Valeria Fuentes, a senior Architectural Design student at the Maryland Institute College of Art, is both a student leader and a community leader in Baltimore City. She is passionate about addressing social justice issues within the city; in particular she is focused on food justice and racial inequities in the city. For the past year she has been running her own after school program called Kinetic Kitchen that works with local non-profits, community organizations, and Baltimore City schools to provide low cost and healthy cooking programs for youth and adults. She is also on the Resident Food Equity Advisor Committee that is run through the Baltimore City office of Sustainability and Planning which helps her provide her youth perspective and feedback to the city on their current food policy initiatives. She believes that food education is essential in addressing the root causes of food inequities.
Campus: Maryland Institute College of Art- Baltimore, Maryland
Fellowship Class Year: 2017
Featured Fellow Spotlight
1. What experiences/opportunities lead you to apply to the YP4 Fellowship program?
Valeria Fuentes: After being being involved with various projects and programs while being in my college, the Maryland Institute College of Art (MICA), I was looking for a program that would specifically guide me in a direction that was in line with the way I view social justice. When I came across YP4 and its website through a friend who had been a fellow two years ago I was really excited. Based on my research of the program I realized it was exactly what I needed at a time when I was conflicted on how I can make social change happen in my community.
2. What social justice work are you currently doing in your communities, or on your college campuses?
VF: Currently my focus has been to address food insecurity and food deserts through running an after school program called Kinetic Kitchen. I started it in 2015 and I have learned so much from that experience because I get to provide free cooking classes focused on healthy eating to various schools and neighborhoods in Baltimore City. I have also been really passionate about addressing the needs of the Latinx community both on my campus and in Baltimore City. This year as part of my thesis I organized a 9 hour art and music festival called SOMOS Latinx Art and Culture Festival where the funding raised was used towards a donation for a scholarship fund I created for a local nonprofit. The event itself was the culmination of what I was hoping to achieve in my time at MICA as an undergraduate student.
3. What are you passionate about/what motivates you to do public service?
VF: I am passionate about food, culture, art, and education but specifically on how it can be more accessible to communities that need it the most. Having lived in Baltimore since I was 4, I have gone through a lot of hardships here because my family did not always get access to things we needed. However I see myself in a position where I can do something about addressing those same challenges other families currently face everyday. I remember being a kid attending an after school program that although may not have seemed important to most families, it was very important to me because it was then that I was inspired to be an artist and an inventor and I pursued that dream my entire life. That experience was one of the reasons I started my own after school enrichment program.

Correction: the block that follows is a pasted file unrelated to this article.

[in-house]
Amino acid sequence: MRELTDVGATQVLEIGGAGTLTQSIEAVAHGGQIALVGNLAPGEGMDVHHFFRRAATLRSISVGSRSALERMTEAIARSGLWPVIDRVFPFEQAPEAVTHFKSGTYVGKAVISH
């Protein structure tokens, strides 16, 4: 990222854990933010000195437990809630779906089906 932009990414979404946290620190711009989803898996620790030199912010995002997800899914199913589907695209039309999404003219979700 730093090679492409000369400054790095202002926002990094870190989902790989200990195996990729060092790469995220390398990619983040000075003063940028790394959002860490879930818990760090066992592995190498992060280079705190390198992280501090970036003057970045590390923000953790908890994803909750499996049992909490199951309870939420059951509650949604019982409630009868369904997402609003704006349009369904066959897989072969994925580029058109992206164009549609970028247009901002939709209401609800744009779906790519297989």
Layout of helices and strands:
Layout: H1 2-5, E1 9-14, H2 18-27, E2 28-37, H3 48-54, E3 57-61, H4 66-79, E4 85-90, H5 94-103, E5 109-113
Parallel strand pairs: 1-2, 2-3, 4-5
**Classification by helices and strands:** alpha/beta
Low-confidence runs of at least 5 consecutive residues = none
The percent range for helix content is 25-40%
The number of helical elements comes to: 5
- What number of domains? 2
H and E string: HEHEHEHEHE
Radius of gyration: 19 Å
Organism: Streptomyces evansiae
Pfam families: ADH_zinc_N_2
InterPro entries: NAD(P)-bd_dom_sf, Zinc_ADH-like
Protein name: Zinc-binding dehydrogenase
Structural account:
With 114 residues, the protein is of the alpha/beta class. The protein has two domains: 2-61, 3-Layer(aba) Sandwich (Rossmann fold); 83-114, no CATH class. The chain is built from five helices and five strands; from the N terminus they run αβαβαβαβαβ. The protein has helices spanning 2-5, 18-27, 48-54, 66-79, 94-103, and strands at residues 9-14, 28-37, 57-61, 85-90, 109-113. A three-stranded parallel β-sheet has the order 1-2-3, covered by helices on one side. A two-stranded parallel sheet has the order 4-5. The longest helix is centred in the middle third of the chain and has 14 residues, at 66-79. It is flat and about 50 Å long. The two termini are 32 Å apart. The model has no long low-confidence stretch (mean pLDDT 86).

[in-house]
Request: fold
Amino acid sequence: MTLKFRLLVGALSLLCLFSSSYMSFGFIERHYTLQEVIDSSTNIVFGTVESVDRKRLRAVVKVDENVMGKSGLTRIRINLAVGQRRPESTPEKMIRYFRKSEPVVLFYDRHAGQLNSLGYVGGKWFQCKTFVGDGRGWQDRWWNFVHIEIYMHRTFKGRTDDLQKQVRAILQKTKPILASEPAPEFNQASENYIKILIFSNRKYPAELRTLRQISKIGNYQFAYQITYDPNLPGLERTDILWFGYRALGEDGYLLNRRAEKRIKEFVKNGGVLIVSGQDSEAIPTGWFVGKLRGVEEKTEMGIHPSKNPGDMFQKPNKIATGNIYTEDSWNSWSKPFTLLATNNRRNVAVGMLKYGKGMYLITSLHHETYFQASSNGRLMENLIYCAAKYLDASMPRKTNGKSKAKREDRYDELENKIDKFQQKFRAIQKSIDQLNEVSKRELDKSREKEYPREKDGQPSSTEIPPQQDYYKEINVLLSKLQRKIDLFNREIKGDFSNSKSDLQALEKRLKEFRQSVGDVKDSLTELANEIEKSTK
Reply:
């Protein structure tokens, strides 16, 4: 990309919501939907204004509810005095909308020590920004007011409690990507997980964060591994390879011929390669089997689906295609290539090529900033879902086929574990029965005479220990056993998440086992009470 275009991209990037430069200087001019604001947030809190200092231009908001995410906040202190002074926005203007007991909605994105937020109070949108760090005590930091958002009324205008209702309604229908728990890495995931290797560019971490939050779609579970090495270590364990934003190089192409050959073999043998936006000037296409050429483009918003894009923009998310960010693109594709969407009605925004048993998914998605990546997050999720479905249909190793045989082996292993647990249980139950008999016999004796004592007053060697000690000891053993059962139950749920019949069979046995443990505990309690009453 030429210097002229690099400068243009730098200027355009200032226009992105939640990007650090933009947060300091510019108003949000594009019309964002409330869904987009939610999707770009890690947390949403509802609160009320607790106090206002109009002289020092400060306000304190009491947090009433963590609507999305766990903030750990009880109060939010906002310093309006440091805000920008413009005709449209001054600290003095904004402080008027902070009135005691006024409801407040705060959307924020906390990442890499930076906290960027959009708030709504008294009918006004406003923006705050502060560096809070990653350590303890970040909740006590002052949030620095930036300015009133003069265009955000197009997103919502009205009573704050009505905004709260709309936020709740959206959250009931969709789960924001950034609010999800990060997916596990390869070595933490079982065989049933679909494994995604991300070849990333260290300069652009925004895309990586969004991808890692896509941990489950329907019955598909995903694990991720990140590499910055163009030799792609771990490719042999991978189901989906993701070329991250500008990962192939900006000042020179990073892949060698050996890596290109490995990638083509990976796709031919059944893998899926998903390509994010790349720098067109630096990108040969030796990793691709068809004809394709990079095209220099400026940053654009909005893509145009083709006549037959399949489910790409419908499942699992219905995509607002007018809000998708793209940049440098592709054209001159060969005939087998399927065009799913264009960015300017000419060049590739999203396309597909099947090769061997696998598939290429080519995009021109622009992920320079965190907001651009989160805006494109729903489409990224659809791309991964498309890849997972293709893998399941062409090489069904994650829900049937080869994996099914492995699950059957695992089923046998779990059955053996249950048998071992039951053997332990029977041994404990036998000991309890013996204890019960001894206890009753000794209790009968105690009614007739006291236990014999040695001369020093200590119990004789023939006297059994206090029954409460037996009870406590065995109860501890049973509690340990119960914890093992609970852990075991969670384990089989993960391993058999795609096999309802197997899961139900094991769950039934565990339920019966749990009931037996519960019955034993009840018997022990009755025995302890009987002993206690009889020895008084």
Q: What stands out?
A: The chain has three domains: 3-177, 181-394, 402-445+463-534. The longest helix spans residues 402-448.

4. What is the main goal you want to accomplish in your social justice work?
VF: My social justice work varies but my main goal is to know that things are changing for the better. Whatever the project may be that I am involved in, I want to come out knowing that it really meant something to someone in some capacity.
5. If you could have dinner with any organizer past or present, who would it be?
VF: I would like to have dinner with Dolores Huerta because although Cesar Chavez is really well known for his work in fighting for migrant farm workers rights, she was also incredibly important to the movement. She fought for representation for Latina women in politics in addition to lobbying legislation that affects undocumented people in the 1960s. Her work then is very relevant to what is going on today.
6. What was the most eye-opening experience for your during your Regional Training?
VF: The most eye opening experience was that moment at the end when we finished an activity acknowledging each other that I realized there was so much passion and love in the room. Its rare to find a space where you feel comfortable enough to be your full self with people whom you just met. That moment at the end was striking because it felt like the end of a new beginning in this chapter in my life as I pursue new ways of addressing social change in my community.
7. What do you hope to give and what do you hope to gain during your YP4 Fellowship year?
VF: I hope to spread a lot of the knowledge I gain through my fellowship to people whom I work with in Baltimore. I also hope to gain a lot of experience in the work that I do during my fellowship year that I can grow from.
8. What brings you joy?
VF: When I am surrounded by people who are positive, passionate, and are having fun. Also, making empanadas with people I love because like why not?
9. Where do you think your YP4 training will take you in the future?
VF: It will push me to take that next step I’ve been meaning to take for the past year and be open to change. The future may be uncertain but YP4 has reignited a small fire in me that will inspire me to keep going forward.
10. What do you want to be remembered for?
VF: If I call you my friend I will always be there for you no matter what.